Did you know basic healthcare coverage in Europe is one of the main reason for way less law suits there....?
...I know I worked in healthcare in Europe for many years. Nobody sues, because they all get their injuries treated via their insurance.
In the US about %99 of lawsuits are from people with no healthcare insurance.
Couldn't we save billions of dollars a year to our system by providing affordable basic healthcare coverage, which private companies have spectacularly failed to do?
Every country in Europe has LOWER per capita debt than the US. Including GREECE!
Check for yourself.
1 year ago
celeste - because there were no extremely long waiting times - I got cancer in Germany and was being diagnosed and treated literally within a few days. that was on PUBLIC option healthcare, the cheapest possible.
Actually, people to sue in the UK, but not that many do. When mistakes happen, they do make complaints, the NHS website even helps patients to do so.
But you are right in that the reason that happens is that there is little need to do so in the UK as healthcare is funded. And has better outcomes when it comes to diabetes care and asthma care for example.
For those who are interested in the truth, click on the links...
you "worked" in the European healthcare system for years? Ya okay. So if that's true,why don't you tell people about the extremely long waits while the docs and nurses bullshit and take their sweet *** time, why don't you tell them about the short stays after major surgeries, or how many people are crammed into one room (especially in peds) why don't you explain to people about those hospitals meal policies, or pillow and blanket policies? hmmm...... or those hospitals history on cleanliness and pest control? Ya, I lived in Europe for 8 years and their health care system is not all its cracked up to be. If you love Europe so much, why don't you go back. I lived there and I LOVE my America even more because of those years!
No, there are fewer lawsuits because USA is alone among western nations in not having "Loser pays" laws.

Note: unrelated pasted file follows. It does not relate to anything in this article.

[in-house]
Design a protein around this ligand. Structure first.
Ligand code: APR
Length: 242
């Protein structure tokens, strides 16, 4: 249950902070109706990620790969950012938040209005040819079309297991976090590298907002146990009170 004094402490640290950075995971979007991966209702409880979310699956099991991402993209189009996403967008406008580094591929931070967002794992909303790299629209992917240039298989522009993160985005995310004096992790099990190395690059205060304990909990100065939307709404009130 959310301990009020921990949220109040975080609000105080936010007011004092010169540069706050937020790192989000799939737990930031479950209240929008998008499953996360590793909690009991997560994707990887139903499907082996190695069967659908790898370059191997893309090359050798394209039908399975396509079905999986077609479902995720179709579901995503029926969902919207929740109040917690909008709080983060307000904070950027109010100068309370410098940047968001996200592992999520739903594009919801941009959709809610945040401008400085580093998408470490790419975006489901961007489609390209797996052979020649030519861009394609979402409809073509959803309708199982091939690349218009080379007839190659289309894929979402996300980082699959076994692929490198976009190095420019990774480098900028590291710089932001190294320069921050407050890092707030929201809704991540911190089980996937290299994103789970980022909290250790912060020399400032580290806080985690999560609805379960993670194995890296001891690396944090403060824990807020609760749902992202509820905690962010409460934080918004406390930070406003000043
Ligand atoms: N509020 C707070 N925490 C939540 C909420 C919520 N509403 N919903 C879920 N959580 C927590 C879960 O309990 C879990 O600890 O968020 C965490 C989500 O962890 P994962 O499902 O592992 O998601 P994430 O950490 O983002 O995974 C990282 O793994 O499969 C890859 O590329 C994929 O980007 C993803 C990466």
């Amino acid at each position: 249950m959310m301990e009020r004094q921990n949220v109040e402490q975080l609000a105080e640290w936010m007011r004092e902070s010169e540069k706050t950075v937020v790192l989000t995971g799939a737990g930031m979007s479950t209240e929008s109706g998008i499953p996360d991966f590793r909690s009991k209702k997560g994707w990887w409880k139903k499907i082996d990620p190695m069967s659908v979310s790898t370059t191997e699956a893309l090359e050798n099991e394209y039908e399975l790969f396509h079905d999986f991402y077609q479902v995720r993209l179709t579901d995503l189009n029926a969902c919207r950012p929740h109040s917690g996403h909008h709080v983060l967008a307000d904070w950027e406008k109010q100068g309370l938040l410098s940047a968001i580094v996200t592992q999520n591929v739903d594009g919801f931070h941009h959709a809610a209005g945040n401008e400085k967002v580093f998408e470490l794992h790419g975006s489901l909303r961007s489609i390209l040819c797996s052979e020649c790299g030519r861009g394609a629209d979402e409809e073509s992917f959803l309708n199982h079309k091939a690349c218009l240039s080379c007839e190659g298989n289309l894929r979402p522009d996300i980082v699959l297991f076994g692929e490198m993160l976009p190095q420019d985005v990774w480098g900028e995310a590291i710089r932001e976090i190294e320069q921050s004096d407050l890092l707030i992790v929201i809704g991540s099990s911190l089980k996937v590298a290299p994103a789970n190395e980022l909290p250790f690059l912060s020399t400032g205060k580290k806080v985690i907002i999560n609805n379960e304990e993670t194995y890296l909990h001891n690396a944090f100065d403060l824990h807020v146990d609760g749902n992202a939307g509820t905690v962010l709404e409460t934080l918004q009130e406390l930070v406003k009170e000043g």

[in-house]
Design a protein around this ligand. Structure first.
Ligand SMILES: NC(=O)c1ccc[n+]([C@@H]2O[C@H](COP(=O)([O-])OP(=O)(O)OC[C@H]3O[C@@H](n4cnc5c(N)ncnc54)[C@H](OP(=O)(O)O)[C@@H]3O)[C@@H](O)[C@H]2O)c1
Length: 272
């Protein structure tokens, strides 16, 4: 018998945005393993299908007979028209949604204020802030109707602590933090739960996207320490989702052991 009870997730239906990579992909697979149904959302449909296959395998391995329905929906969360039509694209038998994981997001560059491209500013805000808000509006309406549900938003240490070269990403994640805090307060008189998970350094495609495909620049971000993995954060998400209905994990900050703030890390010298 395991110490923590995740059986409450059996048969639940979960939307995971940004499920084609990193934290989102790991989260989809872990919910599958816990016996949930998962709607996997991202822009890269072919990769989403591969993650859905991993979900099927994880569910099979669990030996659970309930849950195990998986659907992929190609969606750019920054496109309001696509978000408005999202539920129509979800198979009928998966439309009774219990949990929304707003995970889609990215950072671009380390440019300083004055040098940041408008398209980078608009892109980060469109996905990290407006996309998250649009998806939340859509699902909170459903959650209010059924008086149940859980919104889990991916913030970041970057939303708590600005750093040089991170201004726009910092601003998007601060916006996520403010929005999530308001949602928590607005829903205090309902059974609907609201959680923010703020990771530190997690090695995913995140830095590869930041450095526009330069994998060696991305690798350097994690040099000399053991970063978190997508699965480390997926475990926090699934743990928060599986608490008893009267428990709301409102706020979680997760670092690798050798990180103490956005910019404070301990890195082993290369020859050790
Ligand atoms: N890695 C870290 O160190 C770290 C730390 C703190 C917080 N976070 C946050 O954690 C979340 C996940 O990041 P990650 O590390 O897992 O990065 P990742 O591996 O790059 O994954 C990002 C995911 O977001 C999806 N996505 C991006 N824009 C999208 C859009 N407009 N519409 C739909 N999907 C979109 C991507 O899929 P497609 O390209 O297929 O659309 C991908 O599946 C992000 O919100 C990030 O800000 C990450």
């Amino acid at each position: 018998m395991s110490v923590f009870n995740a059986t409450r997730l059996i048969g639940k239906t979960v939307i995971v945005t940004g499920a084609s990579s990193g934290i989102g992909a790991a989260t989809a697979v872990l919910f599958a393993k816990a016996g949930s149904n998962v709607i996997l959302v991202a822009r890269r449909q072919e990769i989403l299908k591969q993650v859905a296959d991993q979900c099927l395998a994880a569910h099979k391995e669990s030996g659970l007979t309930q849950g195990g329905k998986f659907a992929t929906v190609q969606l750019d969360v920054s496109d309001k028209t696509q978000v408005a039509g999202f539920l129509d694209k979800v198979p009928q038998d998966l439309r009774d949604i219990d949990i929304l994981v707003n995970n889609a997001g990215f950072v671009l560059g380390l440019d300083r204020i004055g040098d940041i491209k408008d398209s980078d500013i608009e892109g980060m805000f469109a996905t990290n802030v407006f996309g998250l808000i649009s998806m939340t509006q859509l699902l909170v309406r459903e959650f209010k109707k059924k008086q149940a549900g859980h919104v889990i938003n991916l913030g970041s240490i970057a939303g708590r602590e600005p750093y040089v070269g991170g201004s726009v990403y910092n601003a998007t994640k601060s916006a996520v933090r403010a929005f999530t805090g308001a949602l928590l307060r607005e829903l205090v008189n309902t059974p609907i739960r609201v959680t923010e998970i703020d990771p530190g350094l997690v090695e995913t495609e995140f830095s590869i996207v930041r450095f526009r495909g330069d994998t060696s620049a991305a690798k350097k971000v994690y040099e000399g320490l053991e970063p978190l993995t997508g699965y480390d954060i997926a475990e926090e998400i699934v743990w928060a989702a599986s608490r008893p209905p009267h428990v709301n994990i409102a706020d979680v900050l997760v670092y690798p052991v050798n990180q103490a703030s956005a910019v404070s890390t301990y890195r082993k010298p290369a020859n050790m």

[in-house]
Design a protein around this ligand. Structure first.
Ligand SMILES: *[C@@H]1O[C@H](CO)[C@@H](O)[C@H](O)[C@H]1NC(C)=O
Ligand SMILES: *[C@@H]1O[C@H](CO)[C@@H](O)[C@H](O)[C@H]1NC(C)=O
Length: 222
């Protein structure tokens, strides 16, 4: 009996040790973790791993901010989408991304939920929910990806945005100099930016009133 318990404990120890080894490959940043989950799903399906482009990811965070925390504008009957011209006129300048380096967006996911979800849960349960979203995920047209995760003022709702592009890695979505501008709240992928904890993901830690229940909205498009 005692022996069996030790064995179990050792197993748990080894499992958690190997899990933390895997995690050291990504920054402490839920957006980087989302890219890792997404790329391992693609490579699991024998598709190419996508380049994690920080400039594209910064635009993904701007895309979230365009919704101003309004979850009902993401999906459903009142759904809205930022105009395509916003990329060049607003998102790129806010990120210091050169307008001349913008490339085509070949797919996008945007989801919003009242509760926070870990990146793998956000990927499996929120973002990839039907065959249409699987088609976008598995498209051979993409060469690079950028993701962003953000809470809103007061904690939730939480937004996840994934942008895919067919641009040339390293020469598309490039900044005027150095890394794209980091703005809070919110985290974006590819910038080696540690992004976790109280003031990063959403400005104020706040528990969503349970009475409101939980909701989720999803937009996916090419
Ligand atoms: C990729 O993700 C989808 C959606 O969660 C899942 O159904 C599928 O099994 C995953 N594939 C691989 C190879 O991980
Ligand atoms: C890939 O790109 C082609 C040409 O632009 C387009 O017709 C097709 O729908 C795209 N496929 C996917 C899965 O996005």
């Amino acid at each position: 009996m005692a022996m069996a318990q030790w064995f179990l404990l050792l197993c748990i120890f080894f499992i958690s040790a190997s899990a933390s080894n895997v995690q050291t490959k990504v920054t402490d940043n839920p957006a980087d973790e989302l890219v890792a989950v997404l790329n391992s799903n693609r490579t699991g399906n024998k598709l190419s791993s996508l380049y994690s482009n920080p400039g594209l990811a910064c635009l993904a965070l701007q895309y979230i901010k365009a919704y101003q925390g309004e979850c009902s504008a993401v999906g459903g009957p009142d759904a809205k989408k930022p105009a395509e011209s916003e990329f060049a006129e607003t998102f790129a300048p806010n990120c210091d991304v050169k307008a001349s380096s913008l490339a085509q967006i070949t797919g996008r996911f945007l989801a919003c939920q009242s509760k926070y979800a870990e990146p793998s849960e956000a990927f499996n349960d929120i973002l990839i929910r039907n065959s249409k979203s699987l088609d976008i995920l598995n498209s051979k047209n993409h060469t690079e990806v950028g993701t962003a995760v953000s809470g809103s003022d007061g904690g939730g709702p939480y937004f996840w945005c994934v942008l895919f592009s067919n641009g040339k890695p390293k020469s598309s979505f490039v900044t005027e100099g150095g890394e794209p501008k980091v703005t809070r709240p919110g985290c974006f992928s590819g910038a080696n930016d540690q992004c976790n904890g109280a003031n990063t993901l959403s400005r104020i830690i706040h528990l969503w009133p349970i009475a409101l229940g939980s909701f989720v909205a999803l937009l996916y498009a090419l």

This most basic tort reform, vigorously opposed by the left, is why our healthcare costs are so high.
We are sue happy here because anyone can file a law suit with nothing to lose and everything to gain.
Europe is big, do you know ? Which country are you talking about ? Anyway our current bling bling pr€$id€nt tries to destroy it little by little. For example he absolutely wants stop to reimburse more and more medications, by saying : '' they are not efficient etc..'', although it is not true !
He ruins everything here. France has healthcare since 1945 and french people fought for have it, but our pr€$id€nt does everything for destroy it so...
@celeste1070: "why don't you tell people about the extremely long waits while the docs and nurses bullshit and take their sweet *** time"
Why don't you? I'm European, and there aren't any 'long waits' here, let alone 'extreme long waits'. Waiting lists don't exist in my country.
"why don't you tell them about the short stays after major surgeries, or how many people are crammed into one room (especially in peds)"
You like to stay in hospital longer? Why don't you provide some stats on how we stay in hospital less long than you, and how that's a bad thing? More than one person in a room? MY GOD! How dare we!!
"why don't you explain to people about those hospitals meal policies, or pillow and blanket policies?"
"or those hospitals history on cleanliness and pest control?"
?? Well, please inform us.
Here's the deal: you're making the classic American mistake: you were in ONE European country, and thus feel you are now the authority on 'European' healthcare. Let me educate you a little: there's no such thing as 'European' healthcare. Every country has its own system, some better than others. My country doesn't have any of the problems you try to hint at: no waiting lists, no 15 people in a room (usually 2 patients per room, though you can ask for a single room, which costs more). No idea what you're referring to with 'meal policies' or 'pillow and blanket policies', but it's probably something peculiar to whatever European country you lived in.